The definition of insanity is doing the same thing over and over and expecting a different result. However, our mental programming can leave us stuck in the same old habitual ways of handling problems and facing challenges. We could be truly living up to the definition of insanity without even realizing it. That kind of rut can extend to the people we work with too, preventing a team from operating efficiently or solving a problem, causing them as a whole to perform poorly.
There is a way to navigate decision making within a group setting that can propel everyone, rather than block everyone and prevent a solution from happening. Sociocracy, a governance system designed for organizations that want to self-govern based on a foundation of equality, focuses on consent rather than consensus. With consensus, everyone agrees to the decision. If you are working with a large group, it can take a long time to arrive at an agreement and the solution may not be the most efficient for the whole organization. When the driving force is consensus, members also tend to show up with a competitive mindset, focused on getting the resources they need and doing things their way.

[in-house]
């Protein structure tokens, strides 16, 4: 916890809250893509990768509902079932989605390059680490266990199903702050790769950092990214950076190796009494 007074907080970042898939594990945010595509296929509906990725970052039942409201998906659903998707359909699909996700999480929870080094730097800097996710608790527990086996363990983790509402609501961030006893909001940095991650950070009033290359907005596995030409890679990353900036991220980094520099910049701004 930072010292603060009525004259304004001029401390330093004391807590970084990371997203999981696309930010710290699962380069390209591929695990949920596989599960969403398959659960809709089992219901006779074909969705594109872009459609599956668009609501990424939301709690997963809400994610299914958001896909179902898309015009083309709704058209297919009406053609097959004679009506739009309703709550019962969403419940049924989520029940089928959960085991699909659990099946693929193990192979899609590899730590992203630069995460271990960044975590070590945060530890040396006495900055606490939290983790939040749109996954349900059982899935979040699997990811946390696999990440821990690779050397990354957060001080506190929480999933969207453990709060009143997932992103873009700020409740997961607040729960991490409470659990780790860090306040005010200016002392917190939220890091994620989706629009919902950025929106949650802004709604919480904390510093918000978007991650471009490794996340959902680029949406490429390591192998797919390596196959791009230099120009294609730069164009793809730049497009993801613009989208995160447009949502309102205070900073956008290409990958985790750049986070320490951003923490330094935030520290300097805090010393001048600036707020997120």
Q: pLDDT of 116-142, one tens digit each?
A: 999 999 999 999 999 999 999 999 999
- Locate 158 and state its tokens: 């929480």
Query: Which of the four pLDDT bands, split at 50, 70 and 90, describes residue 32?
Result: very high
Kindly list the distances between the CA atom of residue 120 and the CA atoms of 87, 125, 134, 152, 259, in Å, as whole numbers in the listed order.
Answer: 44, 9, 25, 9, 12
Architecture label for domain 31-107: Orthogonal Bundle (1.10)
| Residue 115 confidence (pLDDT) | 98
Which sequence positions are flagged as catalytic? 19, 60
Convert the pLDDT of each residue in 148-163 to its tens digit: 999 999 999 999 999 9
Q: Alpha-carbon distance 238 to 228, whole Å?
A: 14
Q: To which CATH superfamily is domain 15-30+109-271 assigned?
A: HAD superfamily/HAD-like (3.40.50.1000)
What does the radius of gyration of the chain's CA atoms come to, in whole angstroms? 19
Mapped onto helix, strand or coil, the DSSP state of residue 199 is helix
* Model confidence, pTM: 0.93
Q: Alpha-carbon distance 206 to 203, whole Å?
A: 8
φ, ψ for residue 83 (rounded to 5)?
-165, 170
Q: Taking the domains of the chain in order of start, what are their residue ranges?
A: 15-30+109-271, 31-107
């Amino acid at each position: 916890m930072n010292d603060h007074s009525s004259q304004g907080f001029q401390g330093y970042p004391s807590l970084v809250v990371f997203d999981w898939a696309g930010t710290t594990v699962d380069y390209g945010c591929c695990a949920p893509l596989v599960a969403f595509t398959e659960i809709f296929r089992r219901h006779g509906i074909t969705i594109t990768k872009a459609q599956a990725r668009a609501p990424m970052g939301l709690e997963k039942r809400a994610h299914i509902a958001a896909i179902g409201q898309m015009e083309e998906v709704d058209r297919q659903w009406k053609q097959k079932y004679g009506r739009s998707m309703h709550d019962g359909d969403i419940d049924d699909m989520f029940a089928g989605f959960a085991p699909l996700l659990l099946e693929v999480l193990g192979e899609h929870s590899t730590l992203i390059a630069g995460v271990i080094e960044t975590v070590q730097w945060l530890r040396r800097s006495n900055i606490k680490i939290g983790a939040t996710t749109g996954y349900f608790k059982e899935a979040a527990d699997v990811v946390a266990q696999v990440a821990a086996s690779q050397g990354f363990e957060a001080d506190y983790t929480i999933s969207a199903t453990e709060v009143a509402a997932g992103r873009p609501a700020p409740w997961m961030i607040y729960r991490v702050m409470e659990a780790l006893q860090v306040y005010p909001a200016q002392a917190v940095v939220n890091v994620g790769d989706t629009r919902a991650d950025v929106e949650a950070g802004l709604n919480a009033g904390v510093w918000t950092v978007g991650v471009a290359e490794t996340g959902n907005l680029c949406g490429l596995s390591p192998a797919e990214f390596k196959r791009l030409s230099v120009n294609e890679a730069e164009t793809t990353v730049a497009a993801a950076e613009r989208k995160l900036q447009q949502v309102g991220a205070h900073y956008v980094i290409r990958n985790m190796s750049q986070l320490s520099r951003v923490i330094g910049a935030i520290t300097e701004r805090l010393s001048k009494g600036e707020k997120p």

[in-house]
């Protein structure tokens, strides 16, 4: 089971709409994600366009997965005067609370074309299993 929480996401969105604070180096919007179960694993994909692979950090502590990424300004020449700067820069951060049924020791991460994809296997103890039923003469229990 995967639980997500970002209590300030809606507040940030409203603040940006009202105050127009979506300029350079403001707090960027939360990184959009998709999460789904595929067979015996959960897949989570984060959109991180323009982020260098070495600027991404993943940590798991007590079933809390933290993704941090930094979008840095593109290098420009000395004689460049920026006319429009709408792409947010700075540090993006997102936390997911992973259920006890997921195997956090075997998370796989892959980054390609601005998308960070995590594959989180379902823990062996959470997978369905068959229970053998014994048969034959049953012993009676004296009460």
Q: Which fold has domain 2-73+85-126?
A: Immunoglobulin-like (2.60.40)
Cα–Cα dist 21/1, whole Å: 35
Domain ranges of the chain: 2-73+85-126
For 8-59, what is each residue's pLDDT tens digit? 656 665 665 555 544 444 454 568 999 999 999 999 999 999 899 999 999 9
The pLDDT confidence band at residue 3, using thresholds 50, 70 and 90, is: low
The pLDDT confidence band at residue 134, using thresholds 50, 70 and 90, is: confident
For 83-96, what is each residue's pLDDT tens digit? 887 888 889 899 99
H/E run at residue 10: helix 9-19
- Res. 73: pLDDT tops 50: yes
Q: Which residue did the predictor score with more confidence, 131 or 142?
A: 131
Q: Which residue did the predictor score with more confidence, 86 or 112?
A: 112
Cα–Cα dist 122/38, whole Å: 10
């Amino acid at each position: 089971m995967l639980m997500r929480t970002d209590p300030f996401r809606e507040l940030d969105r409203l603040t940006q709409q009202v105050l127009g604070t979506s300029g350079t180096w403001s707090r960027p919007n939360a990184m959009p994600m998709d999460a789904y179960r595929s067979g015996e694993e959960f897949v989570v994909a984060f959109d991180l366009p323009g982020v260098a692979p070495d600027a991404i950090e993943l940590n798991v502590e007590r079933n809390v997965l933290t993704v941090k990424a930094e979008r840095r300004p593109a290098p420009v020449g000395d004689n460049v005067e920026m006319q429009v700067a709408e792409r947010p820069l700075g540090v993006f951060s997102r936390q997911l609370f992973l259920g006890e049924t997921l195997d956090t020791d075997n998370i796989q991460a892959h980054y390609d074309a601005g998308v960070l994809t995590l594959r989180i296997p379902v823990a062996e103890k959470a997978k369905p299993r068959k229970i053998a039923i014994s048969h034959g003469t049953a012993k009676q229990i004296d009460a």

Consent, however, is different. When you operate from a position of consent, it’s okay that not everyone fully agrees. You can all still move forward because the solution you came up with is acceptable to all. A sociocratic catchphrase to ask the group would be: Is this good enough for now? Is it safe enough to try? Experimentation with solutions among the group is an important aspect to sociocracy because it ensures that even if not everyone agrees, you can still develop and test out a solution.
Imagine that you’re assigned to a group project with a hundred other people who are all working together toward the common goal. The group is comprised of subgroups from marketing, finance, management, etc. Those subgroups (called circles in the sociocracy method) have different priorities and agendas, which can affect communications unless the group finds a way to operate that allows all groups to be heard.